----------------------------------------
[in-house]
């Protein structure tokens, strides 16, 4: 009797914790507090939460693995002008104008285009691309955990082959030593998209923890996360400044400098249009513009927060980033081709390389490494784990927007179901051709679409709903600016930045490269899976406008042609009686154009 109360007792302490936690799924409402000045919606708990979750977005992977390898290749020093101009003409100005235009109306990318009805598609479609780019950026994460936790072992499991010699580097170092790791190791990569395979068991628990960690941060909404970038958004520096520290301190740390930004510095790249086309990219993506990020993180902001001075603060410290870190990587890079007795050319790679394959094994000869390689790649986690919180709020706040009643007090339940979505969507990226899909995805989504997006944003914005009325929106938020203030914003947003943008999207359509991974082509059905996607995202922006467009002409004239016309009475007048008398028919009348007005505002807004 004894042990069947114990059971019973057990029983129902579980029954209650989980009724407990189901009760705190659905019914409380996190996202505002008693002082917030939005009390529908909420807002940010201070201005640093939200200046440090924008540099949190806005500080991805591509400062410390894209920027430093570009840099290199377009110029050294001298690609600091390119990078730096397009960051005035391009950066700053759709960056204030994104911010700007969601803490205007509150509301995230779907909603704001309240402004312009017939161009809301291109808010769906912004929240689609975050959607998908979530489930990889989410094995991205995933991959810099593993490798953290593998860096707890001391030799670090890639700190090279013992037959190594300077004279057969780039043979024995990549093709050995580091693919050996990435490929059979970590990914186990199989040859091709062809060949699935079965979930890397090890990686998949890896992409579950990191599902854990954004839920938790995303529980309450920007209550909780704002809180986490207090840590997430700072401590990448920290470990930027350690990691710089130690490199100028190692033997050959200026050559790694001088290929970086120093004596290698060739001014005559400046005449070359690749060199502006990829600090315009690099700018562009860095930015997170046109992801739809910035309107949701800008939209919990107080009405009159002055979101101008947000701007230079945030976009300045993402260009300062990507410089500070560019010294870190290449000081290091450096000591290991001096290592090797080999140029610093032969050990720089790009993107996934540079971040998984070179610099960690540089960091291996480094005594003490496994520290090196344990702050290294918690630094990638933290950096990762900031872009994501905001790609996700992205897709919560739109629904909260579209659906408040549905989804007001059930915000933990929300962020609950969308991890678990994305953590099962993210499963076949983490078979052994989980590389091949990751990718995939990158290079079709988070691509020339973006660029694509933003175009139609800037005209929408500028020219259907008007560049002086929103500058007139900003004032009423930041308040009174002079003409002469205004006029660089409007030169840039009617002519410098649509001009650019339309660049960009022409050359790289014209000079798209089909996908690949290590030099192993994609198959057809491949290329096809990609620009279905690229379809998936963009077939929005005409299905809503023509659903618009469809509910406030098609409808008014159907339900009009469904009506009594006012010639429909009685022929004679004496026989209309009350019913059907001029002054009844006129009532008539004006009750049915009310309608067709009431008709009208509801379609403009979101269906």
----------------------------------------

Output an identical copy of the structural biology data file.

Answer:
[in-house]
């Protein structure tokens, strides 16, 4: 009797914790507090939460693995002008104008285009691309955990082959030593998209923890996360400044400098249009513009927060980033081709390389490494784990927007179901051709679409709903600016930045490269899976406008042609009686154009 109360007792302490936690799924409402000045919606708990979750977005992977390898290749020093101009003409100005235009109306990318009805598609479609780019950026994460936790072992499991010699580097170092790791190791990569395979068991628990960690941060909404970038958004520096520290301190740390930004510095790249086309990219993506990020993180902001001075603060410290870190990587890079007795050319790679394959094994000869390689790649986690919180709020706040009643007090339940979505969507990226899909995805989504997006944003914005009325929106938020203030914003947003943008999207359509991974082509059905996607995202922006467009002409004239016309009475007048008398028919009348007005505002807004 004894042990069947114990059971019973057990029983129902579980029954209650989980009724407990189901009760705190659905019914409380996190996202505002008693002082917030939005009390529908909420807002940010201070201005640093939200200046440090924008540099949190806005500080991805591509400062410390894209920027430093570009840099290199377009110029050294001298690609600091390119990078730096397009960051005035391009950066700053759709960056204030994104911010700007969601803490205007509150509301995230779907909603704001309240402004312009017939161009809301291109808010769906912004929240689609975050959607998908979530489930990889989410094995991205995933991959810099593993490798953290593998860096707890001391030799670090890639700190090279013992037959190594300077004279057969780039043979024995990549093709050995580091693919050996990435490929059979970590990914186990199989040859091709062809060949699935079965979930890397090890990686998949890896992409579950990191599902854990954004839920938790995303529980309450920007209550909780704002809180986490207090840590997430700072401590990448920290470990930027350690990691710089130690490199100028190692033997050959200026050559790694001088290929970086120093004596290698060739001014005559400046005449070359690749060199502006990829600090315009690099700018562009860095930015997170046109992801739809910035309107949701800008939209919990107080009405009159002055979101101008947000701007230079945030976009300045993402260009300062990507410089500070560019010294870190290449000081290091450096000591290991001096290592090797080999140029610093032969050990720089790009993107996934540079971040998984070179610099960690540089960091291996480094005594003490496994520290090196344990702050290294918690630094990638933290950096990762900031872009994501905001790609996700992205897709919560739109629904909260579209659906408040549905989804007001059930915000933990929300962020609950969308991890678990994305953590099962993210499963076949983490078979052994989980590389091949990751990718995939990158290079079709988070691509020339973006660029694509933003175009139609800037005209929408500028020219259907008007560049002086929103500058007139900003004032009423930041308040009174002079003409002469205004006029660089409007030169840039009617002519410098649509001009650019339309660049960009022409050359790289014209000079798209089909996908690949290590030099192993994609198959057809491949290329096809990609620009279905690229379809998936963009077939929005005409299905809503023509659903618009469809509910406030098609409808008014159907339900009009469904009506009594006012010639429909009685022929004679004496026989209309009350019913059907001029002054009844006129009532008539004006009750049915009310309608067709009431008709009208509801379609403009979101269906």